The words ‘fast bowlers’ in combination with ‘workloads’ often generates the ire of the old school fraternity in the cricket community. However, the controversy is overstated and the science is in.
Elite fast bowler injury incidences have decreased. Foster et al. (1989) reported 38% of developing elite male fast bowlers in the late 1980s sustained a debilitating injury throughout the course of a season. However, contemporary research shows this incidence has substantially decreased. Orchard et al. (2012) report annual fast bowling injury incidence reached a trough of less than 10% in 2004-05. Unfortunately, this number did rise sharply in the following years as the advent of T20 cricket created heavily congested competition schedules. However, with improved conditioning methods and workload management strategies, this number has now stabilised into the mid teens and demonstrates the efficacy of modern sports sciences practices in cricket.
In response to the increase in fast bowler injuries in the early 2010s, organisations like Cricket Australia worked extensively to better understand how workloads affect injury and what sort of recommendations may help to reduce incidence. This process was iterative and exploratory, but has now evolved into a very sound system and clear evidence-based, practical guidelines have emerged.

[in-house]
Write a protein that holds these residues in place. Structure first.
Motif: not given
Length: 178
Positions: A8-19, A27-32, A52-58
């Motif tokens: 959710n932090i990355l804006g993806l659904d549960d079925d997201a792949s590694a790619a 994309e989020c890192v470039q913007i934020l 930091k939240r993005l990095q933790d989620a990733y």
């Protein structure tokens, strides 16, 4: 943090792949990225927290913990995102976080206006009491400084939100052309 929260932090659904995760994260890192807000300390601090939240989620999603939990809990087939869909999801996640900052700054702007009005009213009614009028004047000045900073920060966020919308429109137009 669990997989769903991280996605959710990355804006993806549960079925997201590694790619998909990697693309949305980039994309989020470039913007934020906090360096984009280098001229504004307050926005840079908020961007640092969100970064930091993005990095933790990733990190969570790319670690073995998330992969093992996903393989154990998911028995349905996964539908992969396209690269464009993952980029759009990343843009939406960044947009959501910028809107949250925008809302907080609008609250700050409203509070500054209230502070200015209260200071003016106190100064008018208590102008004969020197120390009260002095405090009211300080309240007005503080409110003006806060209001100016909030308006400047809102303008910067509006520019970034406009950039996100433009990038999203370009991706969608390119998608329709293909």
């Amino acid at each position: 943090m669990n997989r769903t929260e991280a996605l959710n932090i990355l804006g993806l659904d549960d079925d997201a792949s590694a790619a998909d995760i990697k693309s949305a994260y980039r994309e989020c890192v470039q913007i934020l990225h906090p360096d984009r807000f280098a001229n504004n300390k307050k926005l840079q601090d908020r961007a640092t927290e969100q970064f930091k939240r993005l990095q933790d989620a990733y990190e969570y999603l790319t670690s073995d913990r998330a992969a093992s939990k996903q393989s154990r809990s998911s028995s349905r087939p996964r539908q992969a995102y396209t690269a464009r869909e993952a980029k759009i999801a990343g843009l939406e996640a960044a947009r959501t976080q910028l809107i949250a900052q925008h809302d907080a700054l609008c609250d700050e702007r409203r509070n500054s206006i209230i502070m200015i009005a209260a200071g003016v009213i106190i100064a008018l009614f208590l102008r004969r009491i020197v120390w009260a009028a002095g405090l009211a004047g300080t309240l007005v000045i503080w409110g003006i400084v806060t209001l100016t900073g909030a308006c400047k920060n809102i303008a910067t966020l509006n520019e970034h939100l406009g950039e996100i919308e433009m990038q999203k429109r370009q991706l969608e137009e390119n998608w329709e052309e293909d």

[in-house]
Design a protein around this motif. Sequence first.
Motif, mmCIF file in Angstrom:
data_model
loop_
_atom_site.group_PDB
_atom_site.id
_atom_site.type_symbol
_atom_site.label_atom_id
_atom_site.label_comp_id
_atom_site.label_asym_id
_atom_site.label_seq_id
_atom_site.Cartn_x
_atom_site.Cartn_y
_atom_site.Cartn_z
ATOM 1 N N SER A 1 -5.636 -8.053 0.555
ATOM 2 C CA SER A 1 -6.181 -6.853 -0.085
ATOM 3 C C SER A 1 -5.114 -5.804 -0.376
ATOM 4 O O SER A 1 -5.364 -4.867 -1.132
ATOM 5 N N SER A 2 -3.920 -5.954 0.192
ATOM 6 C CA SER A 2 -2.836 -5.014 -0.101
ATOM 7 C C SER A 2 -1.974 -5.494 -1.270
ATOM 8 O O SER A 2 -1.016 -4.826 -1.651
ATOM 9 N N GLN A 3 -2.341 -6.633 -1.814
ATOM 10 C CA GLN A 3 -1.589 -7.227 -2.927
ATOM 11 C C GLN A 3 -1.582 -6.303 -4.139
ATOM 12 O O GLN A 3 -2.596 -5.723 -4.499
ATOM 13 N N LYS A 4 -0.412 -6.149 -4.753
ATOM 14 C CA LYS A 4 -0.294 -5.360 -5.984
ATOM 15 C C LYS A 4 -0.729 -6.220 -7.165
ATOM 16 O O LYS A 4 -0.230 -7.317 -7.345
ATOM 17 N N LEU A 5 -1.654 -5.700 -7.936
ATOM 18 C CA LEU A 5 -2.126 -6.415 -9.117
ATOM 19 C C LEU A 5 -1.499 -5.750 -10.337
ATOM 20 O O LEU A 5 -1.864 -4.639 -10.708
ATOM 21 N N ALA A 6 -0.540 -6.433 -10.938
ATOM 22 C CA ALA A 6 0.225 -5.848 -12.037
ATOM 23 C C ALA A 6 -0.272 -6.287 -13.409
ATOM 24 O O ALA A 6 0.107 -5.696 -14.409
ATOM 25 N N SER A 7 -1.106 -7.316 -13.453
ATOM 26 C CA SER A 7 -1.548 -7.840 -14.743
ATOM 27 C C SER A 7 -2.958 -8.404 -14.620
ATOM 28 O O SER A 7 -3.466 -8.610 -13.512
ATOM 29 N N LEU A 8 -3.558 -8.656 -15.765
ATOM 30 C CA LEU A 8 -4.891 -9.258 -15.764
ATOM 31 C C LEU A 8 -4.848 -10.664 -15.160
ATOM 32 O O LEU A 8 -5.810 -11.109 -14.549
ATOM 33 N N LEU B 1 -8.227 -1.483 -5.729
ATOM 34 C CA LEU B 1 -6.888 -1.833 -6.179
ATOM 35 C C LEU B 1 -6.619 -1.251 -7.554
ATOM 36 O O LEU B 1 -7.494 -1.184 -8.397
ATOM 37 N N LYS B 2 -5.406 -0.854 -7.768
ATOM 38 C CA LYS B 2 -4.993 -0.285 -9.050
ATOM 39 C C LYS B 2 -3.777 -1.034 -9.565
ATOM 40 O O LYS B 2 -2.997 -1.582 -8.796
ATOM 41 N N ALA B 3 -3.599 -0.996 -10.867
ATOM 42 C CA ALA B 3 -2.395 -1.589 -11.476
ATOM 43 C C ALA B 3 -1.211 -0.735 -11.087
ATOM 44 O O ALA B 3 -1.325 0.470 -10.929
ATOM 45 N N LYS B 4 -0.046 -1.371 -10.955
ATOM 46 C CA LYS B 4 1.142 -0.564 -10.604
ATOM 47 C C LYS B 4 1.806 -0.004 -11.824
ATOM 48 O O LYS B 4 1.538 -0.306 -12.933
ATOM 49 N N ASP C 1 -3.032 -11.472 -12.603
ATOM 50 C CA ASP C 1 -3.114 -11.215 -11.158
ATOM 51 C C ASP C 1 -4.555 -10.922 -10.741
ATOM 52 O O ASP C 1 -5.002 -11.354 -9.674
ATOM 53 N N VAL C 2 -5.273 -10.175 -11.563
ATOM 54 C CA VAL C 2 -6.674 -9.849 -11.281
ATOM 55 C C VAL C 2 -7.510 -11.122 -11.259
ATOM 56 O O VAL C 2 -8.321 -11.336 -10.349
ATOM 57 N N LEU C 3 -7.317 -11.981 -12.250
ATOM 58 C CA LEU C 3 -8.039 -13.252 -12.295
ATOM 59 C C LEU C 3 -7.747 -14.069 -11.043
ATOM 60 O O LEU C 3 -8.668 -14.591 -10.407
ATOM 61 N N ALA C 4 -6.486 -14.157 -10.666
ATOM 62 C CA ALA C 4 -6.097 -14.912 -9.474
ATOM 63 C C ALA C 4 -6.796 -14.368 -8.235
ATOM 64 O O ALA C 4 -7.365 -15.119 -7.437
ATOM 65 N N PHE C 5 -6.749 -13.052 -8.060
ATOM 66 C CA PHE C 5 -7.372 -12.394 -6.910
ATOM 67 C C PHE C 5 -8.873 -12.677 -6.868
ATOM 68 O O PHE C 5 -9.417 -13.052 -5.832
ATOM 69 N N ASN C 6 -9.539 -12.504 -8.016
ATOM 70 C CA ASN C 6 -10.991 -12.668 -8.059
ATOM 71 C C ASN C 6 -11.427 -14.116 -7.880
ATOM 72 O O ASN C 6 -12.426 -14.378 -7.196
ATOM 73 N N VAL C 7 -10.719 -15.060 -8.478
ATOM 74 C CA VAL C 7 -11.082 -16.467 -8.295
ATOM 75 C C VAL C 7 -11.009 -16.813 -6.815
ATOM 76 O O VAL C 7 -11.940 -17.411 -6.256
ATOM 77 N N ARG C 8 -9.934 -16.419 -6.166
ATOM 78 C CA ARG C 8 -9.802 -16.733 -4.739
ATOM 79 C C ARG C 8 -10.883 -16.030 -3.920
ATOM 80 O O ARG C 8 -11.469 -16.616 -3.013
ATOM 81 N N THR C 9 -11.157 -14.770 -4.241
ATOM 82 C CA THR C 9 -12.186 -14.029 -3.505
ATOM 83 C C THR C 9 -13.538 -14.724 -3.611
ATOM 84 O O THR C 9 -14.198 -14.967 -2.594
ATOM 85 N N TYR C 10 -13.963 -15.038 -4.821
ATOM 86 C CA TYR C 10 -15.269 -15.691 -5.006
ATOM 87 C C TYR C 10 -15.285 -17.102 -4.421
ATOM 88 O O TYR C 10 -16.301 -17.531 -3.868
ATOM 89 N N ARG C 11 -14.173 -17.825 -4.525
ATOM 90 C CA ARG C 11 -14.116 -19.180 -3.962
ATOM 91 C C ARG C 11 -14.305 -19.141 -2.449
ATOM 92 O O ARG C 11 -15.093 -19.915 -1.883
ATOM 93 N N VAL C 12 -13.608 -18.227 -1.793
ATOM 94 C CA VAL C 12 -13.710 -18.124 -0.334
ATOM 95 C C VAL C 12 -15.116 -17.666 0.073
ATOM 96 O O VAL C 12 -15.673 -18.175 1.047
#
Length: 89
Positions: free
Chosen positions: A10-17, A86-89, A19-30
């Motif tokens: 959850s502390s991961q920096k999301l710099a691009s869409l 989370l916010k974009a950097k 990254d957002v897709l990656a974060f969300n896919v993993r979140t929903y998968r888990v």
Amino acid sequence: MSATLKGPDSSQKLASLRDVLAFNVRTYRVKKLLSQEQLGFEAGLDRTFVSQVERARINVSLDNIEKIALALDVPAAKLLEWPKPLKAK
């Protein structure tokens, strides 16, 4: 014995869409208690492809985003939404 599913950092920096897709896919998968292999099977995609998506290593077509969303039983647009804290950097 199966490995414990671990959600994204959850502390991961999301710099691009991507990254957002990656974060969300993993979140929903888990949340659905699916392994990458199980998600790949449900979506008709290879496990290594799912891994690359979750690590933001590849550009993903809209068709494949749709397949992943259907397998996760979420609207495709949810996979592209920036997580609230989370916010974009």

The most common workload related risk factors for injury are: high chronic workloads (3-month chronic bowling load), sharp spikes in acute workload (acute:chronic workload ratio >1.5), insufficient recovery between bowling days (bowling on too many consecutive days), under-preparedness (bowling too infrequently) and excessive bowling frequency (bowling too many days in the week).
To combat these risk factors, we can use the ‘135 Rule’ (U17 year olds) and the ‘246 Rule’ (18+ year olds).